Wood sash windows, London.

Discussion in 'Carpenters' Talk' started by Deleted member 33931, Dec 29, 2015.

  1. dwlondon

    dwlondon Active Member

    The spring is coiled inside the pipe, attached to a spiral rod which is inside the spring. as the window is lowered the spiral twists the spring and creates tension on it, which gives it the force to assist in raising the window back up.

    There are some cheap lightweight balances , which are useless and should not be bought, even if the better companies sell them. They will fail.

    Mightons have a reckoner. Which is okay if the weight of the window is close to the minimum weight given for the balance. but if its at least half of the quoted range go up to the next range. they will have enough power to lift the window.
     
    Deleted member 33931 likes this.
  2. chippie244

    chippie244 Super Member

    Fitted loads of sash balances and there is a knack to it, only a one man job though.
    It seems to me they were designed so that unskilled workers could install sash windows.
    Devs, I can't remember what is happening with your bro's windows but roughly if you are just changing the sashes then you probably going to have problems/expense if the existing sashes are not 45mm deep and you want d/g.
    If you want to change the box frame, unless you are in a conservation area or it's a listed building then you have to meet current building regs insulation values.
     

  3. Cheers - really useful info. :)
     
  4. So the spring type is fully hidden? No cord?
     
  5. Argh - forgot about bludy regs and bar locks.

    He'll be going for complete new windows as the first quote he got from a London 'Sash' specialist for a repair was criminal. I found him another London company (was it suggested on here?) who will do complete windows (engineered redwood) for the same price...

    But, yep, I guess their hands are tied - they need to fit them to regs.

    No, it's not a conservation area, I don't think. Not Grade 2 anyways.

    It's chust that my bro likes the authentic look - and the added insulation for 4 windows is worth now't...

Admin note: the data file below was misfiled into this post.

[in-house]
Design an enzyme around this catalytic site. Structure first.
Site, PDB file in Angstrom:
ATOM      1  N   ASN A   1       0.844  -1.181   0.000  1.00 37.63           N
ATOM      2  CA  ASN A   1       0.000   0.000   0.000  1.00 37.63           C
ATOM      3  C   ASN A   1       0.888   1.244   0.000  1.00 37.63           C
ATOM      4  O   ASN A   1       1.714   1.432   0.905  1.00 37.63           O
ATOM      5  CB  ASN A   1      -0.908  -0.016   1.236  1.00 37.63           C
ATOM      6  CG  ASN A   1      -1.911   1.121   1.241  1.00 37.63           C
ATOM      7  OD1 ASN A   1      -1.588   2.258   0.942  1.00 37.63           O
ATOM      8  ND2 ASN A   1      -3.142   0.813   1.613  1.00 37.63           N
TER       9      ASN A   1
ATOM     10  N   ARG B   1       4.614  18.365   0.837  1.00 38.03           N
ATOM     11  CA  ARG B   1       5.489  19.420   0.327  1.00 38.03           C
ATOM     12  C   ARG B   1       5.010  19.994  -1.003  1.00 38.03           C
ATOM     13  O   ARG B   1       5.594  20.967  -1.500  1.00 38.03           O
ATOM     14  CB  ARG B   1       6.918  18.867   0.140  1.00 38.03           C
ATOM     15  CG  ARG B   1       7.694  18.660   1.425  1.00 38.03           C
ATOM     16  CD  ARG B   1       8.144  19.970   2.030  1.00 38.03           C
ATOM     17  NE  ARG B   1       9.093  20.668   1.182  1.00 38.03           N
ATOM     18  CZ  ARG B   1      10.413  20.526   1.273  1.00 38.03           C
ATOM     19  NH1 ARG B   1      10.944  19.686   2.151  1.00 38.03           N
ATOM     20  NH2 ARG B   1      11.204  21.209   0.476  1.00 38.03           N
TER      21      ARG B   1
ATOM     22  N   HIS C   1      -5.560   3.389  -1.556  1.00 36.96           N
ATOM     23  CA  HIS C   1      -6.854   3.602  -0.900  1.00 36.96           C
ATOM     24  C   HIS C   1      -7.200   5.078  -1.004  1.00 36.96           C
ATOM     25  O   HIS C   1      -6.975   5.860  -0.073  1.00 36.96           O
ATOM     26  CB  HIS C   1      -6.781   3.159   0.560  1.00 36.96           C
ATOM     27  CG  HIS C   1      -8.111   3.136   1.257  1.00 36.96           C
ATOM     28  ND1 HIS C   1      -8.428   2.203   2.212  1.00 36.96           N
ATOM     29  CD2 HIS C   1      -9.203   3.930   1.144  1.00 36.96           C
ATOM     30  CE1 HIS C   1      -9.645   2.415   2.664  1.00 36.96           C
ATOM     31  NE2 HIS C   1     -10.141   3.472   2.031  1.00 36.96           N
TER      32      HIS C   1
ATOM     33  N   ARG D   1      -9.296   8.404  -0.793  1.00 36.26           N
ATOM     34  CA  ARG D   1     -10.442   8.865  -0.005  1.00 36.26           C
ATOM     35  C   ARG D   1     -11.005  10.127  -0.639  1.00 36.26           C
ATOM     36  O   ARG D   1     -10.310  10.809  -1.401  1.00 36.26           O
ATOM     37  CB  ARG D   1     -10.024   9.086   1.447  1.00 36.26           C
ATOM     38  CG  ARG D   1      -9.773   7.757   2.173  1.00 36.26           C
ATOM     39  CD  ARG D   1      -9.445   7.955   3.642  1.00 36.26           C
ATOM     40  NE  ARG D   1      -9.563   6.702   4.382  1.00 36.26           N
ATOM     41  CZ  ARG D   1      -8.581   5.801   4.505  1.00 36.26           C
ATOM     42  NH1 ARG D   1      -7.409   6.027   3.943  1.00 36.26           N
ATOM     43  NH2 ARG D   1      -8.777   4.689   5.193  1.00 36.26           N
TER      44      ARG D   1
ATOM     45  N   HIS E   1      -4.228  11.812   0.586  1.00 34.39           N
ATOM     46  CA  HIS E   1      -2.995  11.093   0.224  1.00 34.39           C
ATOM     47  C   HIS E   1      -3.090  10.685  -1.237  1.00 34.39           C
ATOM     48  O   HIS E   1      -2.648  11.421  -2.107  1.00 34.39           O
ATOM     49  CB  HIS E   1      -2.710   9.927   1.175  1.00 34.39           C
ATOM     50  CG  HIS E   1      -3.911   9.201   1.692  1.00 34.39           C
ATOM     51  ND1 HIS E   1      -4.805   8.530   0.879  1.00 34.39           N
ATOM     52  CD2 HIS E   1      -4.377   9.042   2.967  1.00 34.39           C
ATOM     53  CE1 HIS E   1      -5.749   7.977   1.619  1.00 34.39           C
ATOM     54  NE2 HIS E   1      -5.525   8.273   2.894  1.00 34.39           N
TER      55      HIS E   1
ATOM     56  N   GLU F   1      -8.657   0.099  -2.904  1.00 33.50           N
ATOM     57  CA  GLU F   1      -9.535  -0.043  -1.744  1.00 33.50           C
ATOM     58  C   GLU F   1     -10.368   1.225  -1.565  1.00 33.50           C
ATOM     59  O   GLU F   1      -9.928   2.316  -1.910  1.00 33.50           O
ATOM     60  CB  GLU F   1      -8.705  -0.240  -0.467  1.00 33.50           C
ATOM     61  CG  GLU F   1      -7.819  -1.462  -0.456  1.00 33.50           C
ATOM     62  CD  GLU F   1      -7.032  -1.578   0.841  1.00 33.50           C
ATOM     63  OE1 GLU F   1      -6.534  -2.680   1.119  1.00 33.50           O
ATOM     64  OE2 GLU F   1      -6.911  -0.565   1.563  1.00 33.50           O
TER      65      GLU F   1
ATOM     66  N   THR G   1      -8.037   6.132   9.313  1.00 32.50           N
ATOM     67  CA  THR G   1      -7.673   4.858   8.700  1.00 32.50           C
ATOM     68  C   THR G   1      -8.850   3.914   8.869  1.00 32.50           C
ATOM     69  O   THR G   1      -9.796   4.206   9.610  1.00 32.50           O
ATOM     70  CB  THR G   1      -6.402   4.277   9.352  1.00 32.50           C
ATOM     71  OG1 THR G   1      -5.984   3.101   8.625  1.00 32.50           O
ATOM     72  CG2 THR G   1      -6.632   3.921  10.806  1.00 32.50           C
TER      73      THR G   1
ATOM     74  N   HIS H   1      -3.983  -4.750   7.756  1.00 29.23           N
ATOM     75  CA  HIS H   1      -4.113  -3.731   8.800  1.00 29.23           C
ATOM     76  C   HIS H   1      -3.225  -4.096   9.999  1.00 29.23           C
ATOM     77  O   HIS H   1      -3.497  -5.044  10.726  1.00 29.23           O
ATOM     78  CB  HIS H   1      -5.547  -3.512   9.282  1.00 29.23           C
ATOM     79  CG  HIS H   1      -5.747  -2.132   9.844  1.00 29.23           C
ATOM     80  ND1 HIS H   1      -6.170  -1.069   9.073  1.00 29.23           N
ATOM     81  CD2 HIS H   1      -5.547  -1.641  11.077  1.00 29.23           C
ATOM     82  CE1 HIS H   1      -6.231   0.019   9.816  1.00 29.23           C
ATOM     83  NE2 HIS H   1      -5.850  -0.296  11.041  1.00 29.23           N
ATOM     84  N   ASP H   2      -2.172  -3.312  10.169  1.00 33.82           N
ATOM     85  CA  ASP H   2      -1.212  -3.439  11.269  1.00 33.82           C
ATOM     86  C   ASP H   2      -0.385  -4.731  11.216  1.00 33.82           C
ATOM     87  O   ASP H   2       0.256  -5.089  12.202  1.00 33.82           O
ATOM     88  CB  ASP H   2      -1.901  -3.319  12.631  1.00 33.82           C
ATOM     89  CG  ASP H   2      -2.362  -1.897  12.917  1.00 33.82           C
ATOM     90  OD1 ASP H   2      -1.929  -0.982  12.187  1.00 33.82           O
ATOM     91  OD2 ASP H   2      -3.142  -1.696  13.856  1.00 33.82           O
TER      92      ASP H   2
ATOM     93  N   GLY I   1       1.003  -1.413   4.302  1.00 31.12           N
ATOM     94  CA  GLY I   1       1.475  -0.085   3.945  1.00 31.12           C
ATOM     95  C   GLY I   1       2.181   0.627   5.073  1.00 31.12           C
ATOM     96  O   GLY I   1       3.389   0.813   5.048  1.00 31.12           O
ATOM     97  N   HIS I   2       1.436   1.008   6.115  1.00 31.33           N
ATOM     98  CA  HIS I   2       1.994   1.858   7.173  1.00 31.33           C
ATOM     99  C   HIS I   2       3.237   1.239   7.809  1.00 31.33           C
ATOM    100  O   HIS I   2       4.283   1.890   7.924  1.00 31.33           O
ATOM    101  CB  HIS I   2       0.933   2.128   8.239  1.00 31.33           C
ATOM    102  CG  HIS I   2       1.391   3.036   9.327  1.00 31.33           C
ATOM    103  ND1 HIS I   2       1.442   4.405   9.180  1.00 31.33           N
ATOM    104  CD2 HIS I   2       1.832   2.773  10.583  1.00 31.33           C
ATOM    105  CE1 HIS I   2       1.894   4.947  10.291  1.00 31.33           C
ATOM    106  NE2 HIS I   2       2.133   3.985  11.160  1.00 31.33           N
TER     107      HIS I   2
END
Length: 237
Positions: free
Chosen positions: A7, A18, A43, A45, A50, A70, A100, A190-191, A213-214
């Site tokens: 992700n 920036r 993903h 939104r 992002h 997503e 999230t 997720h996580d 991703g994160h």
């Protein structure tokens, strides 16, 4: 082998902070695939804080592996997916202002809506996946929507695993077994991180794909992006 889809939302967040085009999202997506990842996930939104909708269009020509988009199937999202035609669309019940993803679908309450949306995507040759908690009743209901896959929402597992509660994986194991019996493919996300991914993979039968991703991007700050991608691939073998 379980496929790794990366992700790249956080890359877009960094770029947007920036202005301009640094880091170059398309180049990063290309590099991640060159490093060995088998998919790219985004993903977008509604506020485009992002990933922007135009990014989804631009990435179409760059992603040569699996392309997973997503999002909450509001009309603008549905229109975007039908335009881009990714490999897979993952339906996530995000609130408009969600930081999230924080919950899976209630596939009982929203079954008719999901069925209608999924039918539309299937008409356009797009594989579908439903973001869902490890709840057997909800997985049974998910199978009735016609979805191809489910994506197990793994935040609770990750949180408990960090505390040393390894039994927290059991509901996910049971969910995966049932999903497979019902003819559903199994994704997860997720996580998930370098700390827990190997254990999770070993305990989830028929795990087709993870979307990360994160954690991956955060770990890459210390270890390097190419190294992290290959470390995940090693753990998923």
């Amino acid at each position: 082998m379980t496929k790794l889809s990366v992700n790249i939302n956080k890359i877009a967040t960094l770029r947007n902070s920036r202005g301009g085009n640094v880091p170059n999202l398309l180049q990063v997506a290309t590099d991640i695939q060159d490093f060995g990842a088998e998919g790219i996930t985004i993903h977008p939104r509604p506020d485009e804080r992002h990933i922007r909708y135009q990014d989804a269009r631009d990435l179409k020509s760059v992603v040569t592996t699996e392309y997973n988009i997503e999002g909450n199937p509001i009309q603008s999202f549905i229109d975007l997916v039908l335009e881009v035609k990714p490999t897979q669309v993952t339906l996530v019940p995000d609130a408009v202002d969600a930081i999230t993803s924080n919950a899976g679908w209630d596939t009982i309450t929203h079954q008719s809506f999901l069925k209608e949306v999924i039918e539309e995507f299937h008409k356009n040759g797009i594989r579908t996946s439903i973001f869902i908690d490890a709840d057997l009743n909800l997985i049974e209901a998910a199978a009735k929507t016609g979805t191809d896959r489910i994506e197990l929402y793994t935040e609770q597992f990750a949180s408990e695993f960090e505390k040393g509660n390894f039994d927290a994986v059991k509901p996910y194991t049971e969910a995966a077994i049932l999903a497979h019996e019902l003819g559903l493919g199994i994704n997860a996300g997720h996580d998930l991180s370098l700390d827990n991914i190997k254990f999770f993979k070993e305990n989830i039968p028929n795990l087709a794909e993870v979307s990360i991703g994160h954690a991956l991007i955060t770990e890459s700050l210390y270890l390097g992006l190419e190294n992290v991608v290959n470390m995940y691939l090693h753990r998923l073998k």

6. dwlondon

    dwlondon Active Member

    chippie 244 : I found it difficult fitting balances with dg units because of their weight and size. the balances need to be given a wind as they go on, and holding and steadying a dg unit with the other hand is tricky as there is a lot of pull needed for the more powerful balances. So i got my son to help. he stood in the middle on a hop up and held the sash in place and we got it done. Its considering what could happen should you drop a unit or if the balance undoes itself during the process, which can happen when renewing on older windows. generally easy enough with single glazed.

    da : you see a white plastic pipe about 15mm diameter.
     
  7. dwlondon

    dwlondon Active Member

    da : In general with traditional woodwork, you will always need to repair and maintain. So at any time you are faced with the decision as how much to do at that time. Sometimes you can hold things off till the next maintenance with a good fill and paint, sometimes you have to do an essential repair; as that was likely to have been held off previously and so on.

    But the truth is that at some point the decision to go dg is fairly obvious, you get older and you start to really feel the cold.
     
  8. And bro is older than me... :oops:
     
  9. Soz, DW, I still don;t know where the spring goes and whether it's visible. I haven't in person seen any sash windows with these springs, so don't know what to look for.